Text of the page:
A small, friendly restaurant -- the name is a reference to owner John Stewart’s wedding date -- decorated with local artwork. The menu is all over the map, with salads, sandwiches, tacos, seafood, and more. Undecided? Go with one of the burgers; the Lunacy burger, a special, uses an IPA from nearby craft brewer Lunacy Brewing. The fried pickles and drunken oysters are also great choices.
Fang Peiyan is the funny, personable owner of this suburban sushi joint. If Fang’s not behind the sushi bar, he’s going table to table chatting up customers. And his creations are always at once delightful and daring. Try the tender tuna sashimi roll -- tuna wrapped over more tuna, and terrific. There’s a second Mr. PI’s location in Metuchen.
If you like Southern fried chicken, you’ll love Korean fried chicken, deep-fried twice to render out the fat. The result: fried chicken with superior crunch. Peck Peck -- tiny, with four tables -- is run by an elderly couple; rock music provides the unlikely soundtrack. Must-try: the pickled veggies.
The state’s most iconic hot dog landmark, a brick-walled roadhouse open since 1928, with no-nonsense countermen up front and a time-warp dining room out back. Get a “Ripper” -- a deep-fried hot dog so named because it splits apart during cooking. If you’re brave, get a “Weller” -- a well-done hot dog, or a “Cremator" -- a dog that’s pretty close to burnt.
Al Santillo is the lovably nutty pizza professor at this house-turned-pizzeria (walk down the driveway, open the screen door). Don’t be surprised if he invites you behind the counter to check out his ovens. His pizzas are based on styles popular in the ‘50s, ‘60s, and beyond, and they’re by far the best in the state. It’s takeout only, but there are several nearby bars where you’re allowed to bring your pizza in.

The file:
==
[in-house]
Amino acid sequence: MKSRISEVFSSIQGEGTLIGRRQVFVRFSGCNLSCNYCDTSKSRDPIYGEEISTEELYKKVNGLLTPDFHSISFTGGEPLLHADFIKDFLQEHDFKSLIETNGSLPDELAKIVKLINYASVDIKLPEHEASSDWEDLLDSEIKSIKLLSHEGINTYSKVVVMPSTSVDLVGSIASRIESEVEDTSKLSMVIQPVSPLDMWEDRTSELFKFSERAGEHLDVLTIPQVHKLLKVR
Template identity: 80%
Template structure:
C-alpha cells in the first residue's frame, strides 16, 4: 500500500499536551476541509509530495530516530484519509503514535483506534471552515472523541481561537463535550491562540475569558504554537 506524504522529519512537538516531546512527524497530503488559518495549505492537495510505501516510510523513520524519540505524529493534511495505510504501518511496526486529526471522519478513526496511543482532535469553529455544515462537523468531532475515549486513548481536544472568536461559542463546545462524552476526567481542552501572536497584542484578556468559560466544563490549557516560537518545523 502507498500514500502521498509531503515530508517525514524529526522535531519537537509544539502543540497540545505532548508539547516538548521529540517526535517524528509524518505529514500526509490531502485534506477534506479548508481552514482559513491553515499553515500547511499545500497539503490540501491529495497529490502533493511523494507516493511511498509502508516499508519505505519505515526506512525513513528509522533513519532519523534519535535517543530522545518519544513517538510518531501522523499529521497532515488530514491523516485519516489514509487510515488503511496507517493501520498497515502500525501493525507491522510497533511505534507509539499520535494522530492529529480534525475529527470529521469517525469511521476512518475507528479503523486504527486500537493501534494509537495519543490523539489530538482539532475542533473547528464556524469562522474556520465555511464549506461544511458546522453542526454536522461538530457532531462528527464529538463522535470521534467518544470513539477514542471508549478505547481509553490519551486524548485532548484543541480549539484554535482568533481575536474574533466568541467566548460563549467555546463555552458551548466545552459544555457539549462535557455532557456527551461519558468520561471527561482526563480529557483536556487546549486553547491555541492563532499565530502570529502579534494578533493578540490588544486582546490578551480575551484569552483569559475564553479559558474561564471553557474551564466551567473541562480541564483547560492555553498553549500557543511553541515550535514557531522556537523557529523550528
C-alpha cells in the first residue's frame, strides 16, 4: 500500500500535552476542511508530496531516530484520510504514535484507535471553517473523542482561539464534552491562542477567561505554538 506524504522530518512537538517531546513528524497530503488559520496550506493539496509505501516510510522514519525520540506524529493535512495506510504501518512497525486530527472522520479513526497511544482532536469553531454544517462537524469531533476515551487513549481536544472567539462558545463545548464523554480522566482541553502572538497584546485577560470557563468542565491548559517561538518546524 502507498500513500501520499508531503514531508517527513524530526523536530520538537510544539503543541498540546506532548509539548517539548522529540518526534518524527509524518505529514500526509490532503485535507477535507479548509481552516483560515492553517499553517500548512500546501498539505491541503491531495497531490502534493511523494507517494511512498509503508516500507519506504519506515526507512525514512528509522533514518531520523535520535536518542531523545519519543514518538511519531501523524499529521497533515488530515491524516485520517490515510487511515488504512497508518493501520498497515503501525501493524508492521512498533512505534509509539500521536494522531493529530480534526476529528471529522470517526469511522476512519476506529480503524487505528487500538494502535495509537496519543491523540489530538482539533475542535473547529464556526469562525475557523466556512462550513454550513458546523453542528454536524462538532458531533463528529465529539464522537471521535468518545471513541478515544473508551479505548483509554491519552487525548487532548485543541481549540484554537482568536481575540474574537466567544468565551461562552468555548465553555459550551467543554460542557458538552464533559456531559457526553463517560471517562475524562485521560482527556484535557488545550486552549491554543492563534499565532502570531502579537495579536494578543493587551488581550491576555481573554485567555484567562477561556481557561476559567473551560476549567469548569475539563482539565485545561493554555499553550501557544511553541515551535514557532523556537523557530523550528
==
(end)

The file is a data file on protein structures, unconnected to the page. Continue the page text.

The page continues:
One category Jersey falls woefully short in is Greek restaurants; there are just not enough, or not enough good ones. This is my favorite -- a friendly, unstuffy place with fine food and attentive service. I recommend the lamb chops. Just down the street is Holsten’s, the ice cream parlor where the last scene in The Sopranos was shot.
Stage Left, in Downtown New Brunswick, can be on the pricey side, but the vibe is casual, and in warmer weather you can relax on a banquette in the outdoor sidewalk “lounge.’’ Get one of the excellent steaks or juicy burgers, cooked on a wood-fired grill. Upstairs from Stage Left is sister restaurant Catherine Lombardi, an Italian restaurant with a killer wine/spirits selection.
New Jersey, with 600 or so diners, is the diner capital of the world, and no diner does it consistently better than this glittery retro jewel across the river from Newark. It closes for just a few hours every night -- hey, the staff needs to take a breather! -- and pumps out good food in prodigious quantities. Get the meatloaf.